how many hours a week should i train?
- 06-11-2003, 11:31 PM
- 06-11-2003, 11:41 PM
45 - 60 minutes 3 times a week for lifting.
Cardio based upon if you are bulking, cutting or preparing for a contest and the speed of your metabolism.Sleep Supplement 3Z BCAA: Red Raspberry and Lemon flavors
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06-12-2003, 06:57 AM
06-12-2003, 08:28 AM
There isn't anything set in stone. You need to learn how your body reacts to different training intervals. Some may work out for 30 minutes a day for three days and some like Sage, might work out alot during the week. I might say that training 10-12 hours like Sage would be overtraining (even taking an AAS), but that may work for Sage. I think your best bet would be to weight train 3-4 times per week and maybe do cardio 3-4 times per week. Cardio can depend upon what your goals are. If you have been doing that and results have stopped, you may want to try one of the recomendations from one of the bros on here. Or you can incorporate alot of other things to change your routine without changing your schedule (incorporting drop sets, forced reps., more volume training, etc...) The point is, you are going to hear many say different routines work for them, that is the exact point...FOR THEM. Doesn't mean it will work for you. Even though I try and keep my workouts no longer than 45 minutes just for the sake of stabbing off catabolism (glucagon and cortisol), doesn't mean others are wrong who work out for an hour and 15 minutes. Trial and error, weight lifting is a constant learning experience in which everyone's needs might be a little different. Try some new things out, don't be scared to experiment.
06-12-2003, 11:05 AM
Well since you asked,Originally posted by julius kelp
what are your thoughts?
Intensity during training is most important, not length.
Anything over 75 minutes and your cortisol levels will rise and start to eat your muscle - nice . Probably why long distance runners are such freakin rails.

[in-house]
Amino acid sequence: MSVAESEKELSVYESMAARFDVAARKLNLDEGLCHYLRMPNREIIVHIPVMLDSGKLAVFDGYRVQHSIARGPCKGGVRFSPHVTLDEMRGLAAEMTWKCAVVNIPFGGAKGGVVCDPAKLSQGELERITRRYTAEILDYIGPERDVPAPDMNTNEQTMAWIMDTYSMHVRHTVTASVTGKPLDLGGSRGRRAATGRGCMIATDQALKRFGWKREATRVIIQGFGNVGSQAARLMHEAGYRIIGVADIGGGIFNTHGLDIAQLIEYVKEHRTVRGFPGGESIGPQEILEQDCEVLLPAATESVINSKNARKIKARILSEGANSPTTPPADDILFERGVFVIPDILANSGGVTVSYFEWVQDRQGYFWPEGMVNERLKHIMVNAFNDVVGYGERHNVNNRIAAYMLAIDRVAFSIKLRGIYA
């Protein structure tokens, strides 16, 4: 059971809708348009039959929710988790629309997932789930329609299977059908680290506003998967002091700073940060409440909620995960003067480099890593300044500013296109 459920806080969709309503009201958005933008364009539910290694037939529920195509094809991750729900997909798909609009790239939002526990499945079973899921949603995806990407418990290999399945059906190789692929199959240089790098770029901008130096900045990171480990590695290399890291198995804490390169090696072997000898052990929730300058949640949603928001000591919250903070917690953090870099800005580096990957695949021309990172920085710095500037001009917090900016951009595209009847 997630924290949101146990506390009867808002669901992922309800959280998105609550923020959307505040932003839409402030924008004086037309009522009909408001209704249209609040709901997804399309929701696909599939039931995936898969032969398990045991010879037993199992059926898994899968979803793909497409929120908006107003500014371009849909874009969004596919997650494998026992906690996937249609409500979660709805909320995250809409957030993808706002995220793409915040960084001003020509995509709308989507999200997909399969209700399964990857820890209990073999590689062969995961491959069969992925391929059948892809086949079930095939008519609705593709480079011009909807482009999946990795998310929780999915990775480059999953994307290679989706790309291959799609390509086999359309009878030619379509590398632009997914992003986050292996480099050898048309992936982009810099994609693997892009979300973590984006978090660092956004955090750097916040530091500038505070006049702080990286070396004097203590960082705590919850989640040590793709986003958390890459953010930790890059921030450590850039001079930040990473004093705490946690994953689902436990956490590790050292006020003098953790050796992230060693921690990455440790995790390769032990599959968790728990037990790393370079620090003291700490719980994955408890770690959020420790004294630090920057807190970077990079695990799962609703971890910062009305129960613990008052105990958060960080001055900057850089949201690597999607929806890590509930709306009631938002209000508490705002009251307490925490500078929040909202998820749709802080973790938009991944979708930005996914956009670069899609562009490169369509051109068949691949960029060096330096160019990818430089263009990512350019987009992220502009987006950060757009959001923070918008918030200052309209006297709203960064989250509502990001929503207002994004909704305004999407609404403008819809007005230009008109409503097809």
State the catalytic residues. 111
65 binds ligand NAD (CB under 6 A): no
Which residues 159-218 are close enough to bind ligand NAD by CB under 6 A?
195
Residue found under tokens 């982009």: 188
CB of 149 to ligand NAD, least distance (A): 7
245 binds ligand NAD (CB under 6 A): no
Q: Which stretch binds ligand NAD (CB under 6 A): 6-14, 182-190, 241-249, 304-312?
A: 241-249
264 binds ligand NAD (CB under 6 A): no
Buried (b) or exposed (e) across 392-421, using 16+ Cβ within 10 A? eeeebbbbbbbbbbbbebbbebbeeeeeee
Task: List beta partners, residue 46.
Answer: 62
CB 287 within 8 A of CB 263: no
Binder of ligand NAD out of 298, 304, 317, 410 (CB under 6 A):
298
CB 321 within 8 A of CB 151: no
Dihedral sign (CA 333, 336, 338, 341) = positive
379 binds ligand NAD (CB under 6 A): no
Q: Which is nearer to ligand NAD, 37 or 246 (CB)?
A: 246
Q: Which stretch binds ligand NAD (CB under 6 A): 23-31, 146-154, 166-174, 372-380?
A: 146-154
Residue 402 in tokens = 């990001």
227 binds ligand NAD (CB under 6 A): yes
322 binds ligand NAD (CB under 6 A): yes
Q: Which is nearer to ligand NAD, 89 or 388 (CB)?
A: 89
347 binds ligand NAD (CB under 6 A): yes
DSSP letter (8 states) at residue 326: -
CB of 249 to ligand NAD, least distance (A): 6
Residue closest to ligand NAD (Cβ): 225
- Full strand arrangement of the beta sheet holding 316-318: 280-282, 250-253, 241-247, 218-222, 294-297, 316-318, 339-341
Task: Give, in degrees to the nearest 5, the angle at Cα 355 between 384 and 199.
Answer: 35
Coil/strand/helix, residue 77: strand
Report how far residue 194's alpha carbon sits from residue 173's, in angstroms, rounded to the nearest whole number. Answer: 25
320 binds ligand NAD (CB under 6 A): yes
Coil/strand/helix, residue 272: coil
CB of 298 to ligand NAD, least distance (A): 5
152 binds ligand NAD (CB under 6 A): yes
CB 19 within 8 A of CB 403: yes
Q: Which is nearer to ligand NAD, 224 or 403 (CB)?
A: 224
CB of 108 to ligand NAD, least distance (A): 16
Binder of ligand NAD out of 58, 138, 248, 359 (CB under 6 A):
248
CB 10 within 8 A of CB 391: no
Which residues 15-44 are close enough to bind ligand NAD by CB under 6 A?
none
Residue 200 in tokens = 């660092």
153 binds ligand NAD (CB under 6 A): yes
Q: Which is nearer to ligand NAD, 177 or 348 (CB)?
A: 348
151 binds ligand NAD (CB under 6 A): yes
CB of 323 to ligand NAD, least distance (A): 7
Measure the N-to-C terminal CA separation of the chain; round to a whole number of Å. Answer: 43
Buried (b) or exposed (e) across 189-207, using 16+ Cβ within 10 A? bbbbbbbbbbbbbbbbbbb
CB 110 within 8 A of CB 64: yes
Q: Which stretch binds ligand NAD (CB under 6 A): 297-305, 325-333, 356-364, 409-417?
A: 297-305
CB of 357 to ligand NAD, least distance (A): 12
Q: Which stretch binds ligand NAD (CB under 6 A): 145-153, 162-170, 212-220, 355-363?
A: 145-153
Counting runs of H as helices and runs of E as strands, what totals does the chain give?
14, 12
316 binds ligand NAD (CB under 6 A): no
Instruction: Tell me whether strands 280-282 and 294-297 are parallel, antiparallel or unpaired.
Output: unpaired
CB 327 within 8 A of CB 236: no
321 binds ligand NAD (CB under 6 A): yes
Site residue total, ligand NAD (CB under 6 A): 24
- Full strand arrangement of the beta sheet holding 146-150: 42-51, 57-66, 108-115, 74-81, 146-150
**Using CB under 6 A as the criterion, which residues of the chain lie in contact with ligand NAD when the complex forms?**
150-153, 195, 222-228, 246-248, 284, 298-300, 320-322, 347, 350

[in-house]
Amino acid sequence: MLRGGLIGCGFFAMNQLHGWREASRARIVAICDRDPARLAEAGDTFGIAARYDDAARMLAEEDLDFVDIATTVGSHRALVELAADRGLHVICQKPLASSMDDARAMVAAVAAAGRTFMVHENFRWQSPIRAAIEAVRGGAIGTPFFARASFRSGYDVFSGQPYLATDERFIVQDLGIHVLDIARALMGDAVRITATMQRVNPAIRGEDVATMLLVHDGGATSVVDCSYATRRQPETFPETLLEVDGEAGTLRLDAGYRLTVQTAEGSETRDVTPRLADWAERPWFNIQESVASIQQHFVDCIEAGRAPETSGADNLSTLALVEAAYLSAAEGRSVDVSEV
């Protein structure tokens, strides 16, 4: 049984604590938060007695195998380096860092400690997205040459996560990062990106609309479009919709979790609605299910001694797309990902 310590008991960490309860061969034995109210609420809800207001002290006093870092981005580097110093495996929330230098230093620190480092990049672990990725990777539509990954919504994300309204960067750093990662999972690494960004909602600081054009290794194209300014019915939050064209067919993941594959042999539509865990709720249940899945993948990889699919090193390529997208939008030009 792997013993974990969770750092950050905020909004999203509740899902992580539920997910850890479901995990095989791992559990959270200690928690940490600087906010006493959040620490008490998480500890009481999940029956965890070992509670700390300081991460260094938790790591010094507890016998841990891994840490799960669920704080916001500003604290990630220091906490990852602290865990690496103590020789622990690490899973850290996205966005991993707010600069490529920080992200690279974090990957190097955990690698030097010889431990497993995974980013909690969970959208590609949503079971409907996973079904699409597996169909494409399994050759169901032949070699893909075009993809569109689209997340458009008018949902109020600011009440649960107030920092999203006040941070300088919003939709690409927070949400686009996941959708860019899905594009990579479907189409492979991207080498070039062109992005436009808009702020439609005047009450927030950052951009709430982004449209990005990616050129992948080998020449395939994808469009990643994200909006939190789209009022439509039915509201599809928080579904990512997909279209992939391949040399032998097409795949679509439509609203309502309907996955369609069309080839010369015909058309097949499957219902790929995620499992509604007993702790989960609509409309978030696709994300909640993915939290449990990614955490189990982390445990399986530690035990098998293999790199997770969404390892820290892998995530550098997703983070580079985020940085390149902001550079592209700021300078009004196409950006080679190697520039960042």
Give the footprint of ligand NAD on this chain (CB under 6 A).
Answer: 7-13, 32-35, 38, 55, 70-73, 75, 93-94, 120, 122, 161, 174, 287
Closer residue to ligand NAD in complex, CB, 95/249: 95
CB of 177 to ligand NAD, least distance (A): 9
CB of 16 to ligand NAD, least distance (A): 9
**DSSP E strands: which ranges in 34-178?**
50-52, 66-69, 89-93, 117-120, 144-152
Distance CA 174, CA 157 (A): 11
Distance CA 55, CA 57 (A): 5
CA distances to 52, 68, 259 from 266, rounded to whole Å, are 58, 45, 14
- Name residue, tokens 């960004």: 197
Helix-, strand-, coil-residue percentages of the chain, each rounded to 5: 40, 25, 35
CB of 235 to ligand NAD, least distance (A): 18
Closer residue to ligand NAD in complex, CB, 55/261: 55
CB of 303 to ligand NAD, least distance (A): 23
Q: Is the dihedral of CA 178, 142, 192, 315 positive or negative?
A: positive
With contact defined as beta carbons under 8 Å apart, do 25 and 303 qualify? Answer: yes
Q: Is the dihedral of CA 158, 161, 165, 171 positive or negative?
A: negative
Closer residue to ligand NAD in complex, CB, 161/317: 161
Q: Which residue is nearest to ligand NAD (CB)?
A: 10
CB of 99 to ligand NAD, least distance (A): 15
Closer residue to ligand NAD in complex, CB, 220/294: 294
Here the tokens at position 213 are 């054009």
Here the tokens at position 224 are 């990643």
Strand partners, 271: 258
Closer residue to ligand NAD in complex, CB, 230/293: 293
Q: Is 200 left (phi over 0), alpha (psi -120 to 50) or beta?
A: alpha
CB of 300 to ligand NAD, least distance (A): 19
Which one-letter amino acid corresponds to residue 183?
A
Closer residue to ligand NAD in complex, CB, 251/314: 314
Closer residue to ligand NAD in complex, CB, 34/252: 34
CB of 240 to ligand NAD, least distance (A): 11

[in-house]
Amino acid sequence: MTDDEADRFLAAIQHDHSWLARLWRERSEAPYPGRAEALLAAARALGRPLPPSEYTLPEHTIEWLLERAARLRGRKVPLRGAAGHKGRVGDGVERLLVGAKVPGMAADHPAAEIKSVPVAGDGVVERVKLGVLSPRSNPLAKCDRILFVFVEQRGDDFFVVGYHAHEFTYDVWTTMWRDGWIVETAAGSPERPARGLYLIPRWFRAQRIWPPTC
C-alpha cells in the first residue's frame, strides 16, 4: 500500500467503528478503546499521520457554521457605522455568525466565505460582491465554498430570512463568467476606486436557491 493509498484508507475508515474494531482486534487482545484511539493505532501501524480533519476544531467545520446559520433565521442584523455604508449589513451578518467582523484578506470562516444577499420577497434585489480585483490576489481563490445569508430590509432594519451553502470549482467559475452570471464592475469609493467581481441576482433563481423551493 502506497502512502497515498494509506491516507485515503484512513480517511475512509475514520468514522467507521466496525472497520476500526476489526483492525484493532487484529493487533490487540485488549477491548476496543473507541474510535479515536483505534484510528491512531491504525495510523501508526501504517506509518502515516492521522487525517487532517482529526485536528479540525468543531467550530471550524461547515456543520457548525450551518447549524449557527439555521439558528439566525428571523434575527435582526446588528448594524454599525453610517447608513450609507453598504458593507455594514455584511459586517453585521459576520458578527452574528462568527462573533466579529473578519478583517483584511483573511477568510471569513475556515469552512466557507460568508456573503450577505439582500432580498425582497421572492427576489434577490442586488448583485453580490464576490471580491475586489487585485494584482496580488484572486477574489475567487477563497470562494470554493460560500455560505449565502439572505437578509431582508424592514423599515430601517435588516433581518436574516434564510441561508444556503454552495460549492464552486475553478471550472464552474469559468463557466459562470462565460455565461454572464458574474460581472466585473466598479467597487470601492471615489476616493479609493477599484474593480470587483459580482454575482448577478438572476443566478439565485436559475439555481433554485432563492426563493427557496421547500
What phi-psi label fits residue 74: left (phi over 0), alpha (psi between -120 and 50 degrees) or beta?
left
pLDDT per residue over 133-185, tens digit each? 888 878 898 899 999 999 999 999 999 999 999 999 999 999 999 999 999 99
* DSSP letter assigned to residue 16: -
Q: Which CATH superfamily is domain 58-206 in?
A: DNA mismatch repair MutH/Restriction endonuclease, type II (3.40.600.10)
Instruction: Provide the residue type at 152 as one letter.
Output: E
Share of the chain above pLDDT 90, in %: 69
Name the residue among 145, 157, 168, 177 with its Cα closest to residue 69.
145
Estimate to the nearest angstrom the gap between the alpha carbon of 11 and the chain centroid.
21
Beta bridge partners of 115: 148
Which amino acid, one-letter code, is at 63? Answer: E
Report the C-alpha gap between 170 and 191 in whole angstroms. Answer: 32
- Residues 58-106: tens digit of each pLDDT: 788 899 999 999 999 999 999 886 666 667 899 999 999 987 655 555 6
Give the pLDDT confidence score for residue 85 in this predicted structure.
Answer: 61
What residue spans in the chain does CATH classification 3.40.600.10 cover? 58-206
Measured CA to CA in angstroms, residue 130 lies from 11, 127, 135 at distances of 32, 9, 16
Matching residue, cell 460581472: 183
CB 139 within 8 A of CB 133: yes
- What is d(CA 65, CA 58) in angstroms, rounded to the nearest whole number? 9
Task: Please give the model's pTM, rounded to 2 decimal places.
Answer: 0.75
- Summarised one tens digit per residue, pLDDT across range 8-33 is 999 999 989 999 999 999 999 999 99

30-45 minutes even an hour is ok.
I like to go 3 days on 1 day off then 2 days on 1 day off.
This will allow your body to recouperate without overtraining.
Especially if you stick to one or two body parts per day.
Anyway, it works for me.
Less training and higher intensity is the way to go IMO.
Muscles grow at rest. After they have been broken down with intense training.
06-28-2003, 10:37 PM
Blacksmith hit it on the head intensity is the key to length of your workout. For example, if I am short on time, I may use strip sets for a fast and hard workout. Using bench as an example, I will warm up with 2-3 sets then put about 80% of max on the bar in smaller weights for half of it. (say your doing 225, put on your standard 135, then make the rest up in 5 and 10 pound plates) I will rep out, IMMEDIATLY strip a plate off each side, and rep that out, continuing until I was down to the 135. Now I am done with chest. Using strip sets, rest pause, etc will hit your muscles hard and fast.
OTOH I also do GVT on occasion, which is lower poundages, and 10 sets os 10 using the same weight. If I am doing GVT the entire workout may take an hour and a half.
As you advance as a lifter, you learn to have more and more intense workouts, and therefore need to cut the time down as well as the sets in many cases. It is just something you learn as you go along.
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